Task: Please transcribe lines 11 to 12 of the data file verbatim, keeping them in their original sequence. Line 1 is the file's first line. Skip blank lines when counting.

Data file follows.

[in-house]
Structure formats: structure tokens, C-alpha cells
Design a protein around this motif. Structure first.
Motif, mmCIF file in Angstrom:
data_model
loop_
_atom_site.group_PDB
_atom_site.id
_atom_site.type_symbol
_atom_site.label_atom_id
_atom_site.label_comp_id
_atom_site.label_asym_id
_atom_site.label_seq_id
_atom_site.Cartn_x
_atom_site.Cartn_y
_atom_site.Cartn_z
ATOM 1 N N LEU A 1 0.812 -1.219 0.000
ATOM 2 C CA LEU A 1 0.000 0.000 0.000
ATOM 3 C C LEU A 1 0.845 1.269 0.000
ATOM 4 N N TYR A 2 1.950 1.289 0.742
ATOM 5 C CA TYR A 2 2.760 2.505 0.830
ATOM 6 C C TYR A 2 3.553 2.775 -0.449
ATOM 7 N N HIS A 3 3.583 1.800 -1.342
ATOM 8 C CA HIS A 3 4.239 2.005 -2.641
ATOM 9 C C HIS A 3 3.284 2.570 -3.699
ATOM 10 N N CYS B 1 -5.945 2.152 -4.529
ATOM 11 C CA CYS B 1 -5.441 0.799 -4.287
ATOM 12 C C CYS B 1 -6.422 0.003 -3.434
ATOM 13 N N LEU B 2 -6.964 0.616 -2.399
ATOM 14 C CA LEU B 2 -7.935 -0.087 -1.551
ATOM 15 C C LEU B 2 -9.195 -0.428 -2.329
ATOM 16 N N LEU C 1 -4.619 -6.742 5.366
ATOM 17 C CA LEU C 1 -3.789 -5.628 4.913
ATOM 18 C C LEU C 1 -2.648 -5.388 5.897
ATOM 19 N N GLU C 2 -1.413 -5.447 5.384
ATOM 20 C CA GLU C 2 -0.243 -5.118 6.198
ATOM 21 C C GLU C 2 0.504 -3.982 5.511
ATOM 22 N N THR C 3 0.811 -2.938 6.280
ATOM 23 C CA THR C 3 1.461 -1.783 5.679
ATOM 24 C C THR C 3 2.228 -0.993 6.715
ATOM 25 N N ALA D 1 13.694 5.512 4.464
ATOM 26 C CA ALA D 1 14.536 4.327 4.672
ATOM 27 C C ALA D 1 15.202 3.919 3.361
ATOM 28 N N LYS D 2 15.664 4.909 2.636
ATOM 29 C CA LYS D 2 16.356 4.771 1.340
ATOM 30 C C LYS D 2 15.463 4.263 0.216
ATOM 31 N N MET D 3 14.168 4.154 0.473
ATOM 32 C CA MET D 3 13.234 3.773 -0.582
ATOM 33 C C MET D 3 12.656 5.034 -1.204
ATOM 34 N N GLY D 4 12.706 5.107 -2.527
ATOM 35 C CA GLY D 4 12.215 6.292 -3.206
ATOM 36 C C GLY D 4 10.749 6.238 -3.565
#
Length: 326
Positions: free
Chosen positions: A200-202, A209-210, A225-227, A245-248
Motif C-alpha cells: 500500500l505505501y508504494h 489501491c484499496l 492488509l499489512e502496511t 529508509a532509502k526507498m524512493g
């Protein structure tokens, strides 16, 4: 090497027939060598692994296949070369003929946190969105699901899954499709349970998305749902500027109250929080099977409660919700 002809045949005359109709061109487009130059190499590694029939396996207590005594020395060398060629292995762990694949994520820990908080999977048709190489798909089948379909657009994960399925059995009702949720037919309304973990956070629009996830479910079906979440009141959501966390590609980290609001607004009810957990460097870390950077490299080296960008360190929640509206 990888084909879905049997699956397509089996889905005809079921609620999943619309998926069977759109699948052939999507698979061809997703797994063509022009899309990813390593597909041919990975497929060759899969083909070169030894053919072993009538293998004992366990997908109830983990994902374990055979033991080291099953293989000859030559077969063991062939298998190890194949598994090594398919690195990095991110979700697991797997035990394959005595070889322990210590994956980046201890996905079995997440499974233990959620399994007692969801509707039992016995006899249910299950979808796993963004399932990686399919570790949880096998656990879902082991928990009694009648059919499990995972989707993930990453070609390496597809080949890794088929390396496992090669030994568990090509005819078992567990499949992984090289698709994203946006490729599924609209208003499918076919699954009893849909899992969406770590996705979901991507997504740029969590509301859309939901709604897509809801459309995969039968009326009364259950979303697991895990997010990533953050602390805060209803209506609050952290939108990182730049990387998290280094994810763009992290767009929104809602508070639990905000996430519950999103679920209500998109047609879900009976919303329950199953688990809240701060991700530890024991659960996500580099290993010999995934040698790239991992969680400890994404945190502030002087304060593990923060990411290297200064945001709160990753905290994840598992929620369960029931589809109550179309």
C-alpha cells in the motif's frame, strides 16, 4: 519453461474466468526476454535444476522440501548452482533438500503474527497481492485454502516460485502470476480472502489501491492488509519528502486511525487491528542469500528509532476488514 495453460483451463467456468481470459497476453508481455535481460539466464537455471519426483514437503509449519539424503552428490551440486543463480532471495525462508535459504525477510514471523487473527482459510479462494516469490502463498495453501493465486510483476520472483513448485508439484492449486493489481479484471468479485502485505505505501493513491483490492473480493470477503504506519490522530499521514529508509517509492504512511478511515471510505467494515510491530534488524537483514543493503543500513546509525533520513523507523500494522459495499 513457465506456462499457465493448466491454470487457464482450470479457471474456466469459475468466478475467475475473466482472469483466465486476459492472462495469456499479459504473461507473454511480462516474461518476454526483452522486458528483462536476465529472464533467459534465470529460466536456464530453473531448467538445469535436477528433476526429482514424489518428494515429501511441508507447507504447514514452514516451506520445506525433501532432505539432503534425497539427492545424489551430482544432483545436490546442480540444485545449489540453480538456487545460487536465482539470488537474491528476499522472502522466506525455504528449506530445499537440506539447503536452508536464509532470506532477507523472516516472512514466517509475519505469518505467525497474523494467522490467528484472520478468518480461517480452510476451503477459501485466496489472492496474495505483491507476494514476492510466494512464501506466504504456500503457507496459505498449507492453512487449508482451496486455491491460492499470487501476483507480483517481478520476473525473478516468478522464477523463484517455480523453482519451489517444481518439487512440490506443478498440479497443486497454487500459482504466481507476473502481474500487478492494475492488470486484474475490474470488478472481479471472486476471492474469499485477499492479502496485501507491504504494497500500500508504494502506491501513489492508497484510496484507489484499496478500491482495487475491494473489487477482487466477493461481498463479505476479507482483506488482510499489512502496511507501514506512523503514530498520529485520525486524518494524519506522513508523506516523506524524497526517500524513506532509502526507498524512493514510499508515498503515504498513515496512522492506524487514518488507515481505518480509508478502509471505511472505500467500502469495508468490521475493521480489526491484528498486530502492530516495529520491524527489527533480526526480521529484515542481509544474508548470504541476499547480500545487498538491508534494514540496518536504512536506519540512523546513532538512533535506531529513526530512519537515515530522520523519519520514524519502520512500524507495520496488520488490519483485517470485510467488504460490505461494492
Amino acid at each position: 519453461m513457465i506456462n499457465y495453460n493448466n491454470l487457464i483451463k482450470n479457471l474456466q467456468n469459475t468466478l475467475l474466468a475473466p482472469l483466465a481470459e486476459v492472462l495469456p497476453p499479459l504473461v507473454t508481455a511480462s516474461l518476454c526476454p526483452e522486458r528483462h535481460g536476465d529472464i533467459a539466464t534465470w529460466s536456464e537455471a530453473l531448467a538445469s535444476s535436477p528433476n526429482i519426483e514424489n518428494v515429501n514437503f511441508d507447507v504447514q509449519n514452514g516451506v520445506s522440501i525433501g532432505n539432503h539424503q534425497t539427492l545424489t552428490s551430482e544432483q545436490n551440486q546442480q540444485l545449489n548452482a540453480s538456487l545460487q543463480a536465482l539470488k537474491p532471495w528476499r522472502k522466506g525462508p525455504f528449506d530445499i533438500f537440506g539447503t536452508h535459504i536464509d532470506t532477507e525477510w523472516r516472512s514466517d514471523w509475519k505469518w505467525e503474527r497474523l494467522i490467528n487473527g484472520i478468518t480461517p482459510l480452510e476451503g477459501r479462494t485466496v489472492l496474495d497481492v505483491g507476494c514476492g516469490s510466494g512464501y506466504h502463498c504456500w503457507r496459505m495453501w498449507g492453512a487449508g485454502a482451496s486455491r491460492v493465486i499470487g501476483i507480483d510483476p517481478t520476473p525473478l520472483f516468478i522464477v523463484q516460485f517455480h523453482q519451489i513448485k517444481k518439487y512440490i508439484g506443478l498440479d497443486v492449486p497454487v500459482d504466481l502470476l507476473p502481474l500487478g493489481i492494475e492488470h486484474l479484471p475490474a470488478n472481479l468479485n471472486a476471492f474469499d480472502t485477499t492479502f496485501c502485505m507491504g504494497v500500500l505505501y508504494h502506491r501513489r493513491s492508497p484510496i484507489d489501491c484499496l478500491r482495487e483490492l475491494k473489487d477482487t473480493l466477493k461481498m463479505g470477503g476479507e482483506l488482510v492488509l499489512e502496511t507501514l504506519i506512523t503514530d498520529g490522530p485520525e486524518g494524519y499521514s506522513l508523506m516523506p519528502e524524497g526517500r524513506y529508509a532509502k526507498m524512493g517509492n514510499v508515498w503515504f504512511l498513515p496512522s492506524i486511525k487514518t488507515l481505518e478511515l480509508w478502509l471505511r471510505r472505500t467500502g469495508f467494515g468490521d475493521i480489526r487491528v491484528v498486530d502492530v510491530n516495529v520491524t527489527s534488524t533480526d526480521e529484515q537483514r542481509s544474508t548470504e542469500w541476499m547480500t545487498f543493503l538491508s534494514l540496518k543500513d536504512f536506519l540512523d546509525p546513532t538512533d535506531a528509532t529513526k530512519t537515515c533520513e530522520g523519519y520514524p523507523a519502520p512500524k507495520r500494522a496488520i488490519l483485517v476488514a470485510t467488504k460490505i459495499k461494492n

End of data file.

_atom_site.label_comp_id
_atom_site.label_asym_id